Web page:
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'Next generation' of Qaeda being born in Egypt: analysts

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Egyptian-born Al-Qaeda leader Ayman al-Zawahiri speaks in a still from a video provided on October 26, 2012 by Site Intelligence Group. Egypt's bloody crackdown on the Muslim Brotherhood has been a gift to Al-Qaeda that will help it attract fresh followers and open a new front in the Middle East, experts say. (Site Intelligence Group/AFP/File)

Egypt's bloody crackdown on the Muslim Brotherhood has been a gift to Al-Qaeda that will help it attract fresh followers and open a new front in the Middle East, experts say.

The repression of the Muslim Brotherhood and the ouster of Islamist president Mohamed Morsi could see a new generation of radicals joining the movement founded by Osama bin Laden, they say.

"There are fears that the bloody crushing of peaceful demonstrations will encourage an Islamist minority -- convinced of the futility of the political process -- to turn to violence," said Jean-Pierre Filiu, a Middle East expert at Sciences Po university in Paris.

"The Egyptian military will then have nourished the very terrorism it is claiming to fight."

Egypt, the most populous Arab country, has already proven fertile ground for radicalism.

Al-Qaeda chief Ayman al-Zawahiri is Egyptian, as was Mohammed Atta, the top hijacker in the September 11, 2001 attacks.

Egyptian authorities have arrested Zawahiri's brother Mohamed for supporting Morsi, and the Al-Qaeda chief has repeatedly called on supporters to take up arms against the country's army-installed interim government.

"In Zawahiri's view, Egyptians should follow the path of Mohammed Atta and resort to terror against the near enemy, the Egyptian army, and the far enemy, America, which has armed and trained Egypt's military," Bruce Riedel, a former CIA analyst now at the Brookings Institute, wrote recently.

"The future of global jihad is being defined in Egypt this summer. The next generation of Al-Qaeda is being born," he said.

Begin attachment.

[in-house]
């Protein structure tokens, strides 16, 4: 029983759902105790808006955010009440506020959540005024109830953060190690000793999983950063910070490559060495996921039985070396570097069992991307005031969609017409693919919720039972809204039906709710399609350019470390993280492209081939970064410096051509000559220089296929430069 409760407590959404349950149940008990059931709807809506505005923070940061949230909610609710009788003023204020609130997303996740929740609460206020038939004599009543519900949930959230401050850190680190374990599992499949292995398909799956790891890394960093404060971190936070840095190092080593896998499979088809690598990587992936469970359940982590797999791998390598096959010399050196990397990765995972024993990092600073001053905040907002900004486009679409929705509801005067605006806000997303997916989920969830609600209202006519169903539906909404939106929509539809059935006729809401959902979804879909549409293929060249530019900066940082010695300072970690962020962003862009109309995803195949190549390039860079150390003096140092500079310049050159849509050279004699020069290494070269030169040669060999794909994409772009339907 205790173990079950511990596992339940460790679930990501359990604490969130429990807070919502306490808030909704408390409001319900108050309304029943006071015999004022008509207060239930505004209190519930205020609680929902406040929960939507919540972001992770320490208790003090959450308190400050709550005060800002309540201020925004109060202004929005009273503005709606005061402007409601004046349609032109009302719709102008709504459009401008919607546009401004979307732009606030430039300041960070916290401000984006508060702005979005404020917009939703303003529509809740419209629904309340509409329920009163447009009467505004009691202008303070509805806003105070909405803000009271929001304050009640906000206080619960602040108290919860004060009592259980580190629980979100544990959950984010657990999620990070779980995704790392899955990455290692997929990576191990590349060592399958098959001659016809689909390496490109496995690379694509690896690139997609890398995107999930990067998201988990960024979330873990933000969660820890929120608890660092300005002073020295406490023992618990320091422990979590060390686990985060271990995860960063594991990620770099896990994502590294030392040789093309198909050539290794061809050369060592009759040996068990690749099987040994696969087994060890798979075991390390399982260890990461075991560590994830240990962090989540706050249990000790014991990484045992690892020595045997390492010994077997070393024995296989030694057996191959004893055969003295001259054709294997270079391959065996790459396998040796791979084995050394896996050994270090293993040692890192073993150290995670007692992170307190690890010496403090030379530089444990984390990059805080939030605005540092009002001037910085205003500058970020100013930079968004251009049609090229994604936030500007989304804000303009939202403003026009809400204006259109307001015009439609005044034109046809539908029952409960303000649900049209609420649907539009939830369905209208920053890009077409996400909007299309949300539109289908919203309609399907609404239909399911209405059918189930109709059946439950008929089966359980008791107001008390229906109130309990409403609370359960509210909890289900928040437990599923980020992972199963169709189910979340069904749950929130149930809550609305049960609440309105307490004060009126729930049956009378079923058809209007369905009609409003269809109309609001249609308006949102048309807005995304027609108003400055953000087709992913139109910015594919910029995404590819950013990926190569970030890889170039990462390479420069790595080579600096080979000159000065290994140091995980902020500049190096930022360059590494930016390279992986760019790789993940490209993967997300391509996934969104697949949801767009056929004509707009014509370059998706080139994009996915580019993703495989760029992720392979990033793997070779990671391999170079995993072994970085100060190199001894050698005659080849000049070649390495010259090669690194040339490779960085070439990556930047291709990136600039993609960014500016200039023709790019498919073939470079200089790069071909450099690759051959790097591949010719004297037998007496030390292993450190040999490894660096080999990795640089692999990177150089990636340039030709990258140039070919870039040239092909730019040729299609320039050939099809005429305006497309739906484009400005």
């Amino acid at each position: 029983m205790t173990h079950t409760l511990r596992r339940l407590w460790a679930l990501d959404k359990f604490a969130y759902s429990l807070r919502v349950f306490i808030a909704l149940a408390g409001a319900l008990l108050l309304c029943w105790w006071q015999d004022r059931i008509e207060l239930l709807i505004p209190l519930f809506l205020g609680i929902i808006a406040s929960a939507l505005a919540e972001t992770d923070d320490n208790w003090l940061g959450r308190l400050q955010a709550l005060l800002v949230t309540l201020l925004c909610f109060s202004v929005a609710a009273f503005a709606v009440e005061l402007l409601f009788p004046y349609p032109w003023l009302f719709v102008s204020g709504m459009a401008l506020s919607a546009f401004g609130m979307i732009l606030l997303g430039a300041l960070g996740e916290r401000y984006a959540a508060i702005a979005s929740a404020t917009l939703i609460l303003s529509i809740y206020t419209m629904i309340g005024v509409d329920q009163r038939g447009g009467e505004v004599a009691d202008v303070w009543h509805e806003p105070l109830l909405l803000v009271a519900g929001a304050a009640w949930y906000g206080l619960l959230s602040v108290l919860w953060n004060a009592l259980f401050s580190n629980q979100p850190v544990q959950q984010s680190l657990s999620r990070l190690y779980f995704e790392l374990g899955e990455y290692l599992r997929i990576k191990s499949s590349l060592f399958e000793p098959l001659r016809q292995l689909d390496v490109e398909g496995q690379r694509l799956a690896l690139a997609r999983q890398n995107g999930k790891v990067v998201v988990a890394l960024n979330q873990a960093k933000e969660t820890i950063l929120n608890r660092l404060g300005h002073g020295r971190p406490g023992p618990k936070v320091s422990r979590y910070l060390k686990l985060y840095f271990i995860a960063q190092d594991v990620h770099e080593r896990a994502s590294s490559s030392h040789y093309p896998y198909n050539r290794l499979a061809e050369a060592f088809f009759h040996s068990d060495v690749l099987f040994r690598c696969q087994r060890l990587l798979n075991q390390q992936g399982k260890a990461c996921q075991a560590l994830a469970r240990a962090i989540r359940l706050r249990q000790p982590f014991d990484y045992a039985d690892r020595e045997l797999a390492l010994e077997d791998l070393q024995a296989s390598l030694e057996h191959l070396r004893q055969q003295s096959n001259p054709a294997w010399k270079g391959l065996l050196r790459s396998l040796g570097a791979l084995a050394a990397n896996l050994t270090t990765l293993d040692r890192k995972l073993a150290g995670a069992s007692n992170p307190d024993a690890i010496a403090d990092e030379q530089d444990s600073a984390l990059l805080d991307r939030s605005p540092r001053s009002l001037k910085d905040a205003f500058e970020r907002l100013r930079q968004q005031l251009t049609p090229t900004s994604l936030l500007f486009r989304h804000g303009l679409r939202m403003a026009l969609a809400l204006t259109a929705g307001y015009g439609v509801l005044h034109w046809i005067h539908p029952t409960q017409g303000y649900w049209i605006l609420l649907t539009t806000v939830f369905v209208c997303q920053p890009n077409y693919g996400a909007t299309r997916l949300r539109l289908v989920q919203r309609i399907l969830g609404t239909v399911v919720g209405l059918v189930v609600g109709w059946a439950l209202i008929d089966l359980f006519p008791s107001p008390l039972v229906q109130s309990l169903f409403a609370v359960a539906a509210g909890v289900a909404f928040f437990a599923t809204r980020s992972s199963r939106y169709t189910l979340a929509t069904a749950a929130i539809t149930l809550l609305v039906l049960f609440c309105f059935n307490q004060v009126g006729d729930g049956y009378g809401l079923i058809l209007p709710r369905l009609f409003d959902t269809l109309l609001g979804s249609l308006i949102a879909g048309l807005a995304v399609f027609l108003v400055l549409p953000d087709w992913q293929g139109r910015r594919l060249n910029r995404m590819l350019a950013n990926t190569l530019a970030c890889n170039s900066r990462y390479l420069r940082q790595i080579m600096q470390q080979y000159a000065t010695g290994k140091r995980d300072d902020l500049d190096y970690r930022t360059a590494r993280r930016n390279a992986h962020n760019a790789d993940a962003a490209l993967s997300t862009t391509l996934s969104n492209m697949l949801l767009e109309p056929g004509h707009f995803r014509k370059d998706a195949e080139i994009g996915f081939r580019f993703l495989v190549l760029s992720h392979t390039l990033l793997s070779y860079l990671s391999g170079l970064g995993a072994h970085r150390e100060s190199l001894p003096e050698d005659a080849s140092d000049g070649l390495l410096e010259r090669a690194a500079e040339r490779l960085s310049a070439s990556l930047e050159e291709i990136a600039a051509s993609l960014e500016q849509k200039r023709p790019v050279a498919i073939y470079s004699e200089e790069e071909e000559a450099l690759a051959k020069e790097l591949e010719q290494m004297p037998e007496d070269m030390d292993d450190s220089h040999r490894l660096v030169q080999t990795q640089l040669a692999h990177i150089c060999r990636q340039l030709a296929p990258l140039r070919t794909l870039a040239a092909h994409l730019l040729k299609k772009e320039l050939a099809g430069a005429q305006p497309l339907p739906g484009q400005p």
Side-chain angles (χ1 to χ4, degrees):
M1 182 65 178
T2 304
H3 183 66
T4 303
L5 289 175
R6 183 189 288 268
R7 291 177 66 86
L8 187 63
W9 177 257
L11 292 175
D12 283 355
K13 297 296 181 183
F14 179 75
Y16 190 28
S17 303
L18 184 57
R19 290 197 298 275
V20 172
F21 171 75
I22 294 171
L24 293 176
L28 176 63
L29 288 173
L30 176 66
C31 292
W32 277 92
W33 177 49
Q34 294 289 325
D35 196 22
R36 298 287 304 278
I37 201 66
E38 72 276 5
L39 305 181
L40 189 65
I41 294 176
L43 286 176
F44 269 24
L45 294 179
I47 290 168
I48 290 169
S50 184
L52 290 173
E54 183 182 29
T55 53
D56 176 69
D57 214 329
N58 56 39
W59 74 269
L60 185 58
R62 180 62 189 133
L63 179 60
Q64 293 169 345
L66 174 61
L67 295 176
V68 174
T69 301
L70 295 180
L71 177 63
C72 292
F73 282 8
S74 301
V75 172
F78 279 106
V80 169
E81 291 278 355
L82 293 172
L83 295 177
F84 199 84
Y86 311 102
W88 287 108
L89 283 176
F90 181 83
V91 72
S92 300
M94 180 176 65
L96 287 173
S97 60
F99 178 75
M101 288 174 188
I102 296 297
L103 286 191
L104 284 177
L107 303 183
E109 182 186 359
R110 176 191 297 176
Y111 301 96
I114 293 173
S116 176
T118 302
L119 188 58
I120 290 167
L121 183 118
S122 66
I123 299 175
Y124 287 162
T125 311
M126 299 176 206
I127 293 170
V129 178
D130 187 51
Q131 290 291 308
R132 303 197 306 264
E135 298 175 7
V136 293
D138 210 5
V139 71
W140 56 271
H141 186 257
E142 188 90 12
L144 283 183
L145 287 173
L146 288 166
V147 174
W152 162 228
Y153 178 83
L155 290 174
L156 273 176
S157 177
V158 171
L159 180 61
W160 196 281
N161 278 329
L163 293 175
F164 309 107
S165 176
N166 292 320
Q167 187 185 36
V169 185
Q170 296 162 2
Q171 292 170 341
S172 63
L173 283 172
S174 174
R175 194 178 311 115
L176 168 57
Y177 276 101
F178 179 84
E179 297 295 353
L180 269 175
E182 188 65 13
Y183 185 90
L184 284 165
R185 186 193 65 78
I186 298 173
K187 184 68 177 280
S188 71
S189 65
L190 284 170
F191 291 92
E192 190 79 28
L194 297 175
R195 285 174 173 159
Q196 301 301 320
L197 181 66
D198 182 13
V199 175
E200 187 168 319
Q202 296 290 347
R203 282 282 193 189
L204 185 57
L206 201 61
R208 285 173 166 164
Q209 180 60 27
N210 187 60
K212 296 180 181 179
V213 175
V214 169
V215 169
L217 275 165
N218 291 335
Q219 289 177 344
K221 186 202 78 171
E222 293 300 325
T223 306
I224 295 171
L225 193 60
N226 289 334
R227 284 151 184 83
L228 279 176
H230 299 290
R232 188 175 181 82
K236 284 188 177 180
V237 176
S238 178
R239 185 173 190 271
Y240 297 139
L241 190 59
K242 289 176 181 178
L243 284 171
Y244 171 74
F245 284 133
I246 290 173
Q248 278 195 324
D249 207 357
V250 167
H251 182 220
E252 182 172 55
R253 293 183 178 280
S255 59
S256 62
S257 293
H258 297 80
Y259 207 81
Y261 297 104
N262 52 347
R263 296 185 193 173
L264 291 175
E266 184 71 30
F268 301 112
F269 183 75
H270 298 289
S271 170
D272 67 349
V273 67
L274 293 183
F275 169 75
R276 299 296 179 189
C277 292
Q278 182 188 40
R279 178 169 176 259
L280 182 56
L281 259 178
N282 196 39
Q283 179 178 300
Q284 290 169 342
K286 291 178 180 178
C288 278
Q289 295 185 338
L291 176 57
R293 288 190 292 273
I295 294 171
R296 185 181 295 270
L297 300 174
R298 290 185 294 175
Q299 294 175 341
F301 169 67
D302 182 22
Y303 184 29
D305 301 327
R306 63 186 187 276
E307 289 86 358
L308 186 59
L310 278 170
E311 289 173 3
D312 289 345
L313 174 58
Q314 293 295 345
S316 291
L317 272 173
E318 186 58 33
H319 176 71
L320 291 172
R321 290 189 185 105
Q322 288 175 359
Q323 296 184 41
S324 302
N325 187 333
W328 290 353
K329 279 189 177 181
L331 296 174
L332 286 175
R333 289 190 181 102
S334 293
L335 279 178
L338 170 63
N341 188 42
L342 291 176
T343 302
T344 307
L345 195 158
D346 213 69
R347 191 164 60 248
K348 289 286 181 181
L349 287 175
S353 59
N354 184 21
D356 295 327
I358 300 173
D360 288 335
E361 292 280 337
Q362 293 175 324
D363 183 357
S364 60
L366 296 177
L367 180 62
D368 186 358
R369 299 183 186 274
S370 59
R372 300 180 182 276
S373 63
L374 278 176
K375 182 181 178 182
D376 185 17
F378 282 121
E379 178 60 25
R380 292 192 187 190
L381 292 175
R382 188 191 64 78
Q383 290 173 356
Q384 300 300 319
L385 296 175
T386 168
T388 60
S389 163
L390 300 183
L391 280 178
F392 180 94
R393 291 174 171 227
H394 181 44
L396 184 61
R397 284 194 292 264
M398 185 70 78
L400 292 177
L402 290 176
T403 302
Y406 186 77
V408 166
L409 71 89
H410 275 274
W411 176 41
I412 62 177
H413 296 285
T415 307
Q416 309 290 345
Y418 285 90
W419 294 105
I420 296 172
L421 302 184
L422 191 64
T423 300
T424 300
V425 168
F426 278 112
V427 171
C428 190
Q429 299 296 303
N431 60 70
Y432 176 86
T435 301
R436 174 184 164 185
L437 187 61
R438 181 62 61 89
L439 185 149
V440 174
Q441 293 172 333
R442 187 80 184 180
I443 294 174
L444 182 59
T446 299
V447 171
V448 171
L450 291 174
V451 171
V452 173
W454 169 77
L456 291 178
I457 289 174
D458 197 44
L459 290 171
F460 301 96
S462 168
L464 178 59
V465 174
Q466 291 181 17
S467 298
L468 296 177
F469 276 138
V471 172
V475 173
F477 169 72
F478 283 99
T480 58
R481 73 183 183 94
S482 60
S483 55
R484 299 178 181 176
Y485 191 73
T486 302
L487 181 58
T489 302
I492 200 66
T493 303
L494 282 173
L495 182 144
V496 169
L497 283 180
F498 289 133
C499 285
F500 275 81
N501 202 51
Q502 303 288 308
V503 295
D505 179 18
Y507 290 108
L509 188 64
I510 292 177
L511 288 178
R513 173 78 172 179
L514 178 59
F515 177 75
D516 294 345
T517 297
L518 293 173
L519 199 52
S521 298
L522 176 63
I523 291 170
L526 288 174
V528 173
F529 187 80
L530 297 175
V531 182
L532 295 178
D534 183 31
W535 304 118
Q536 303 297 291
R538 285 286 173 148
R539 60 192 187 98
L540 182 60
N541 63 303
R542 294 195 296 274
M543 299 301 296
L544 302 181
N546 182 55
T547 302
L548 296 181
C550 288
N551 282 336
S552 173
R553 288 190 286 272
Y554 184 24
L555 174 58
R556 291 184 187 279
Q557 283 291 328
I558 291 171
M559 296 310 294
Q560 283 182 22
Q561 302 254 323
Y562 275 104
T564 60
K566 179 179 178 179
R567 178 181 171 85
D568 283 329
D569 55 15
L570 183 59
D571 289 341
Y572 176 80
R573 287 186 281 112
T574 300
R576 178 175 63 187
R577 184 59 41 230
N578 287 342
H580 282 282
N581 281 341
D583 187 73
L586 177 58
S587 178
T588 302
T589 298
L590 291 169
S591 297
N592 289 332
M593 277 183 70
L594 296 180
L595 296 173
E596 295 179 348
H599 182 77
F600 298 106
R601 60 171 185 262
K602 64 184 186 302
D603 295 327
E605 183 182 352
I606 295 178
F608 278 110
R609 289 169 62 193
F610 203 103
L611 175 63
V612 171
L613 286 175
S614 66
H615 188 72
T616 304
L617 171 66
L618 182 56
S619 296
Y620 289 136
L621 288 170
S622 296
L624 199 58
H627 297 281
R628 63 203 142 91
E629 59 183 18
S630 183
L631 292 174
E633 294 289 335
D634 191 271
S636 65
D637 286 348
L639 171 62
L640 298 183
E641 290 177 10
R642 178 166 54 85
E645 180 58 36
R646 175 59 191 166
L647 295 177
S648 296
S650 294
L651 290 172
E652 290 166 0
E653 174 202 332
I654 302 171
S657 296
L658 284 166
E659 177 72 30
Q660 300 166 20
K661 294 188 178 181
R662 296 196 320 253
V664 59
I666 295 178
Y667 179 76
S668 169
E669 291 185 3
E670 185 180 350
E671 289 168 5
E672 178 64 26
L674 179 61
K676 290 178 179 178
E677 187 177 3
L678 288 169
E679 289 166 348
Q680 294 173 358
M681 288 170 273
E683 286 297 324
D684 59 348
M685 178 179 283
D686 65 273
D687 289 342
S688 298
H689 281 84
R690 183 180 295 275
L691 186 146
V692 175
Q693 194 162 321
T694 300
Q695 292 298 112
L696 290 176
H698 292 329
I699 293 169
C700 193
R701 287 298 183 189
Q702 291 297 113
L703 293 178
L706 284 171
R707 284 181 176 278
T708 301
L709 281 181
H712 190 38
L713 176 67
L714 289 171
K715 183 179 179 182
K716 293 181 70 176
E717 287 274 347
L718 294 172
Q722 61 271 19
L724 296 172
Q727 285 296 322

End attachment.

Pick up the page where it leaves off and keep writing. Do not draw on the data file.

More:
Even before the Egyptian security forces broke up two pro-Morsi protest camps in Cairo, unleashing violence that has killed more than 1,000 people in the past week, radical groups were taking to the Internet to call for an armed struggle in Egypt.

On July 5 a new group calling itself "Ansar al-Sharia in Egypt" announced its formation, saying "a war against Islam has been declared in Egypt" and calling on supporters "to prepare by obtaining arms and training."

Somalia's Shebab Islamist group has also called on Muslims in Egypt to take up arms.

"O' Muslim Brotherhood fear Allah!" Shebab wore on its Twitter page this week. "Forget the calls of democracy, pick up arms and defend yourselves against the butchers who are intent on killing you en masse".

Alain Chouet, a former chief at France's DGSE foreign intelligence service, said the outlook in Egypt was grim.

"Both sides are incapable of negotiating," he said. "They will cede no ground, because ceding ground is a sign of weakness."

Experts said the restive Sinai peninsula, where Islamist militants have escalated attacks since Morsi's overthrow on July 3, was the perfect incubator for Al-Qaeda bases.

Bordering Israel and the Gaza Strip, the Sinai has for years been a hotbed of smuggling and militant attacks. This week militants killed 25 policemen, firing rocket-propelled grenades at two buses carrying the police, in the deadliest attack of its kind in years.

"The running of the Sinai as a military zone by military governors has contributed significantly to embedding jihadist networks in the Bedouin tribes," said Sciences Po's Filiu.

"The maintaining of the blockade on Gaza is also feeding a mafia-style economy that is benefitting jihadist networks and arms traffickers," he said.

"And the bloodbath that the Egyptian military has plunged the country into will contribute to feeding the potential jihadist threat in the region."

Riedel of the Brookings Institute said the Sinai was "an attractive base for Al-Qaeda" because it offered the cover of a remote area and the support of the native Bedouin population, which is "deeply alienated from the army and Cairo".

"The coup d'etat in Cairo and the bloodshed since then has validated Al-Qaeda's narrative more powerfully than any event in the last two decades," he wrote. "This summer's events in Cairo will become central points in Al-Qaeda's narrative for years to come."